This PGF story was written by Laura Bonds.
Photography by Justin Fox Burks
Coffee-brewing is a special craft, and Hayes and Amy McPherson treat it and their customers with care. Hayes and Amy own Comeback Coffee, a coffee shop in the Pinch District on North Main. The shotgun-style building invites visitors in with its large windows and a bar at the front. As you walk back to the wall of 1895 original brick and out into the courtyard, you’re transported to a tranquil oasis. The coffee shop helped kick start a revitalization in the neighborhood, which exemplifies its owners’ commitment to community. But the McPhersons’ dedication to others doesn’t stop there; they constantly evaluate how their decisions will impact others, and their environmental practices position them as leaders in the coffee, restaurant, and small business spaces in Memphis.
Both coffee and Memphis hold special places in the McPhersons’ hearts. Born and raised in Memphis, Hayes and Amy realize the culture and people of Memphis are unique and proud. Hayes worked at a coffee shop in college and fell in love with the industry. Amy was exploring graphic design at the time, and she became enamored of the front of house elements and spent a lot of time in the coffee shop where Hayes worked. They both love what coffee shops represent and the support they can provide a community. They knew they wanted to return to Memphis after school and when the opportunity arose for them to tackle this new adventure, it was a no-brainer to open Comeback Coffee and “create a space that is for Memphis and give back to the city that raised us,” Hayes explained.
Hayes and Amy believe Memphis is on the cusp of executing environmentally-conscious programs and practices, but the city needs support from the local infrastructure and buy-in from other city and business leaders. Working with Project Green Fork is one of the ways they seek to pull the city with them and work to bring others along on their sustainable journey. “Project Green Fork is a mainstay in Memphis,” said Hayes, “especially leading the way over sustainable practices in the restaurant industry.” He wants to educate people that running a sustainable business isn’t hard, “it’s almost easier in ways.” The education continues with their customers as Hayes and Amy use interactions with patrons to show consumers how sustainable efforts can be done in hopes they’ll be inspired to replicate them on their own.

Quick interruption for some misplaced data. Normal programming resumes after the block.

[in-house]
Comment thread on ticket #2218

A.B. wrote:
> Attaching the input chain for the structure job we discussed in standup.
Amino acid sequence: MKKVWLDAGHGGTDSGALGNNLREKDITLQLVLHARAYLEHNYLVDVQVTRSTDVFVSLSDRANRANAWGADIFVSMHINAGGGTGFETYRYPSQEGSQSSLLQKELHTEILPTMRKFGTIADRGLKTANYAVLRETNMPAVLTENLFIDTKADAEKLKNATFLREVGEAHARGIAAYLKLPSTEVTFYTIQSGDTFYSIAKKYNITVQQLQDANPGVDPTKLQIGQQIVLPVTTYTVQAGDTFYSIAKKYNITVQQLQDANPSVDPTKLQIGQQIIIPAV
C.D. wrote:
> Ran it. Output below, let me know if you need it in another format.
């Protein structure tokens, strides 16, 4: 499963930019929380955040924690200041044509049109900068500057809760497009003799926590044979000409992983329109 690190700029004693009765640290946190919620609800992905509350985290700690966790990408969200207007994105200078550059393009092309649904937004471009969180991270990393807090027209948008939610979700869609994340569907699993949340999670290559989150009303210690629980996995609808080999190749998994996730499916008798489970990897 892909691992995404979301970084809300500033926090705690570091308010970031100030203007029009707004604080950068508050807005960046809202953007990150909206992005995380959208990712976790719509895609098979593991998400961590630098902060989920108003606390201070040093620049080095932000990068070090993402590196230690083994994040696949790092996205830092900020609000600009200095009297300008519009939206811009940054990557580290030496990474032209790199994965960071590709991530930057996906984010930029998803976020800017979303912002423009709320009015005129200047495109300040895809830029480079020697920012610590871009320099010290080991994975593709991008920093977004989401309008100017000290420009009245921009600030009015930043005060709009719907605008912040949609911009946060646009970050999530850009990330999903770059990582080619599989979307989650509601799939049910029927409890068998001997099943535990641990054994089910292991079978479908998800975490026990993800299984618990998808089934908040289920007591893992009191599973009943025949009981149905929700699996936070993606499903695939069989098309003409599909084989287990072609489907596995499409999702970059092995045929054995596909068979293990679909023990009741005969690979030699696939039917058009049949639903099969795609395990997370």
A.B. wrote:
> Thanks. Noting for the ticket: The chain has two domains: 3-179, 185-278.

As a coffee shop, one of Comeback Coffee’s biggest areas of waste is disposable to-go cups and containers, but they are proud their trash is limited to one bag a day. The shop works with Project Green Fork to identify the best cups and food containers for customers to take with them. To minimize the waste that comes from taking drinks and food out of the shop, Amy would like to allow customers to bring their own mugs in the future.
Because they go through so much coffee, hundreds of pounds of grounds are composted each month. “We compost as much as we can,” Hayes remarked, with the vast majority of their composting efforts coming from the coffee grounds. In the kitchen, scraps are composted and ingredients get repurposed, pickled, or fermented; what was the main ingredient of a menu item may show up again as a garnish in another. All of this is an effort to lead the way as a sustainable and community-driven business.
A standout item on the menu is the coffee soda, which the shop recently began canning and distributing regionally. During the canning process, they use environmentally safe chemicals to clean the equipment. They reduce water in this process whenever they can, and their delicious coffee relies on the fresh Memphis aquifer to provide some of the cleanest and tastiest water in the country as a base for their coffee. On the consumer end, Comeback Coffee’s team encourages consumers to recycle the cans once they are empty, and Hayes and Amy hope to do more recycling in the future with the help of Project Green Fork.
The McPhersons wanted to create a community space, a place where customers could celebrate Memphis’ uniqueness. “Sustainable practices have always been natural for us,” the couple shared, and they plan to keep expanding their environmentally conscious business practices as they honor their city. They exude an undeniable energy, and because of their mindfulness, they’ve been able to achieve their goals and lead the way for others in the coffee and restaurant industries to improve their environmental efforts.